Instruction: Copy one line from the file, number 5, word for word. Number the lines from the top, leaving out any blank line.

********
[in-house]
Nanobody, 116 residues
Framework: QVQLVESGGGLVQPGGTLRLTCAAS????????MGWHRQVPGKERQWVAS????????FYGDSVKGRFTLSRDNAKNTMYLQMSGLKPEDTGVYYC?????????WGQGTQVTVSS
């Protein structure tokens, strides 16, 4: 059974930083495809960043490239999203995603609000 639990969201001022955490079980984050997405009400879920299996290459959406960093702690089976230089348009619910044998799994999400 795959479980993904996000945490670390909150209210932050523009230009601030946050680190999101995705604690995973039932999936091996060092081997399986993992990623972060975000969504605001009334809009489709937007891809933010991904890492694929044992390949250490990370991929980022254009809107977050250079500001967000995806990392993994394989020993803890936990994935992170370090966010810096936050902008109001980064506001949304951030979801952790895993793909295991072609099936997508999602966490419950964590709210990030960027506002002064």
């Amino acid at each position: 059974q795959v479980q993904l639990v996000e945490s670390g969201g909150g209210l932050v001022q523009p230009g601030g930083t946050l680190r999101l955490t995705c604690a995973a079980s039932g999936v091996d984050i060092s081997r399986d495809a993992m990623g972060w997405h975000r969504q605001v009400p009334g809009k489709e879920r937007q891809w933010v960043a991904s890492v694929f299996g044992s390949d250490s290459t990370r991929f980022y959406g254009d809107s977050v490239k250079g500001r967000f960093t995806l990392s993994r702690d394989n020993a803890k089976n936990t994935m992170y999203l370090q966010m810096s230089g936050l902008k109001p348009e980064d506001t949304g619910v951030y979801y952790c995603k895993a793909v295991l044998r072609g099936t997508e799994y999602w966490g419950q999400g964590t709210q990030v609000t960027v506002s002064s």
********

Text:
């Amino acid at each position: 059974q795959v479980q993904l639990v996000e945490s670390g969201g909150g209210l932050v001022q523009p230009g601030g930083t946050l680190r999101l955490t995705c604690a995973a079980s039932g999936v091996d984050i060092s081997r399986d495809a993992m990623g972060w997405h975000r969504q605001v009400p009334g809009k489709e879920r937007q891809w933010v960043a991904s890492v694929f299996g044992s390949d250490s290459t990370r991929f980022y959406g254009d809107s977050v490239k250079g500001r967000f960093t995806l990392s993994r702690d394989n020993a803890k089976n936990t994935m992170y999203l370090q966010m810096s230089g936050l902008k109001p348009e980064d506001t949304g619910v951030y979801y952790c995603k895993a793909v295991l044998r072609g099936t997508e799994y999602w966490g419950q999400g964590t709210q990030v609000t960027v506002s002064s």